If partial failure of consideration exists, the right of the party not in default to recover what he has paid under the contract depends in the first instance on whether the consideration is by the terms of the contract so apportioned as to fix the amount paid for that part of the consideration which has failed, or not. If the consideration is so apportioned recovery can be had. If not so apportioned, the remedy of the party not in default is to sue on the contract.1 Thus under a sale of a stock of goods in a store together with furniture and fixtures for a gross sum, no recovery can be had for money had and received on the theory of failure of consideration, if the title to the fixtures fails.2 It has been said that the entire consideration may be recovered if the failure of consideration affects a vital term of the contract.3 Thus where a city donated money and subscribed for stock in a railroad on condition that the road should be constructed to the city and that the city should be the end of the division and the place of location of the machine shops, it was said that if the latter conditions were broken and the consideration could not be apportioned, the entire consideration could be recovered.4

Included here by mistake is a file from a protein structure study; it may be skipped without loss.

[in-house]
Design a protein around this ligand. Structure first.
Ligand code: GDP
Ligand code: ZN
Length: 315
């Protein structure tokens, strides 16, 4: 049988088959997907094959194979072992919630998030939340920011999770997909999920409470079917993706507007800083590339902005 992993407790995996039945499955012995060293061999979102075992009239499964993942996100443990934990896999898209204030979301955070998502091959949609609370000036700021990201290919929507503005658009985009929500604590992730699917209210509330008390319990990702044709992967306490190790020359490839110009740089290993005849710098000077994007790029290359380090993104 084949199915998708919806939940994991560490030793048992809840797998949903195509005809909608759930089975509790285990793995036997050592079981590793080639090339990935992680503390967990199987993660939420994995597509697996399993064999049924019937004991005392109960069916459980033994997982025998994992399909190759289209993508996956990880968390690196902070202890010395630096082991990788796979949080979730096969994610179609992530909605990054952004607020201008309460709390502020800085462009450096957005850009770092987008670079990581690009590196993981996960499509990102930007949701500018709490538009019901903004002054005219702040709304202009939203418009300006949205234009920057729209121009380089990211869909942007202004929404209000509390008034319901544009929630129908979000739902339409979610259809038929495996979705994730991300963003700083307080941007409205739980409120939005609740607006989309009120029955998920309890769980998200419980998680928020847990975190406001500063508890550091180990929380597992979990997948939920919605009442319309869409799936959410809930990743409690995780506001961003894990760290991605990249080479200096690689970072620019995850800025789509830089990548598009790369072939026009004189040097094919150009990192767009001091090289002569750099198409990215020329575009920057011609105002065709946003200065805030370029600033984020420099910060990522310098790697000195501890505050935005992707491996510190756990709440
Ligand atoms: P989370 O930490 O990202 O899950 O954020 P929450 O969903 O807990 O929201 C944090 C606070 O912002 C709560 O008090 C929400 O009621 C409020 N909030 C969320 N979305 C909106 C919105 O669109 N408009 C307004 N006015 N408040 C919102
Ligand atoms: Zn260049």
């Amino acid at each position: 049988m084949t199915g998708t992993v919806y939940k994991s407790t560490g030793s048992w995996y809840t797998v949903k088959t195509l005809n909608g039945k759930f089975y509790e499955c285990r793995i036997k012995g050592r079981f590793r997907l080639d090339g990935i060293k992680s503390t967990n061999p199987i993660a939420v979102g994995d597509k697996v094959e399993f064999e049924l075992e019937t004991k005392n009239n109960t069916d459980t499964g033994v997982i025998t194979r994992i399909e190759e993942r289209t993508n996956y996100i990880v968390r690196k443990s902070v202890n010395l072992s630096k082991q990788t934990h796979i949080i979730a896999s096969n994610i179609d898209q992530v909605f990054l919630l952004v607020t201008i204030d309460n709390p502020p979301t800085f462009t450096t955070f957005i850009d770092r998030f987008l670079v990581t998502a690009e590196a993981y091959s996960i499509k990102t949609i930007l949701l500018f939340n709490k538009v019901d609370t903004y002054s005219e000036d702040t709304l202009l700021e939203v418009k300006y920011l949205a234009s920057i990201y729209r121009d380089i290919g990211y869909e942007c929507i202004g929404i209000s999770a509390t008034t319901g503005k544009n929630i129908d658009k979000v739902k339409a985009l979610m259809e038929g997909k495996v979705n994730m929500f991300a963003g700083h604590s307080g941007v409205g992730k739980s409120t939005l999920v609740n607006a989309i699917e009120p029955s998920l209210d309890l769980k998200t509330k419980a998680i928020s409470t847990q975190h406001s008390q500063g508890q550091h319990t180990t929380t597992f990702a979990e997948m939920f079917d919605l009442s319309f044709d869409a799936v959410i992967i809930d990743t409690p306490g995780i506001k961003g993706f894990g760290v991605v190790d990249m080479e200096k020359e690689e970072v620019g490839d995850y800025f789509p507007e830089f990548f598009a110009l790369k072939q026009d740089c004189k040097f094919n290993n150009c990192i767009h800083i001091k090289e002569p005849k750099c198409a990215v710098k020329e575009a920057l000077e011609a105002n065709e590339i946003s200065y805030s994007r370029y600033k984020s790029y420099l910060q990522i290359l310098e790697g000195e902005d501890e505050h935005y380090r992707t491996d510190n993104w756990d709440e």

4 Anthony v. Sewing Machine Co., 16 R. I. 571; 5 L. R. A. 575; 18 Atl. 176.

5 Slater v. Olson, 83 Minn. 35; 85 N. W. 825.

6 Dennis v. Brewing Co., 80 Minn. 15; 82 N. W. 978.

7 Williamson v. Johnson, 62 Vt. 378; 22 Am. St. Rep. 117; 9 L. R. A. 277; 20 Atl. 279.

8 Warnock v. Davis, 104 U. S. 775.

9 Griggs v. Austin, 3 Pick. (Mass.) 20; 15 Am. Dec. 175.

10 Brown v. Harris, 2 Gray (Mass.) 359.

11 Keystone Surgical Mfg. Co. v. Bate, 187 Pa. St. 460; 41 Atl. 299.

12 Hughes v. Frum, 41 W. Va. 445; 23 S. E. 604.

13 Herwig v. Richardson, 44 La. Ann. 703; 11 So. 135; Pugh v. Moore, 44 La. Ann. 209; 10 So. 710.

14 Furgerson v. Staples, 82 Me. 159; 17 Am. St. Rep. 470; 19 Atl. 158.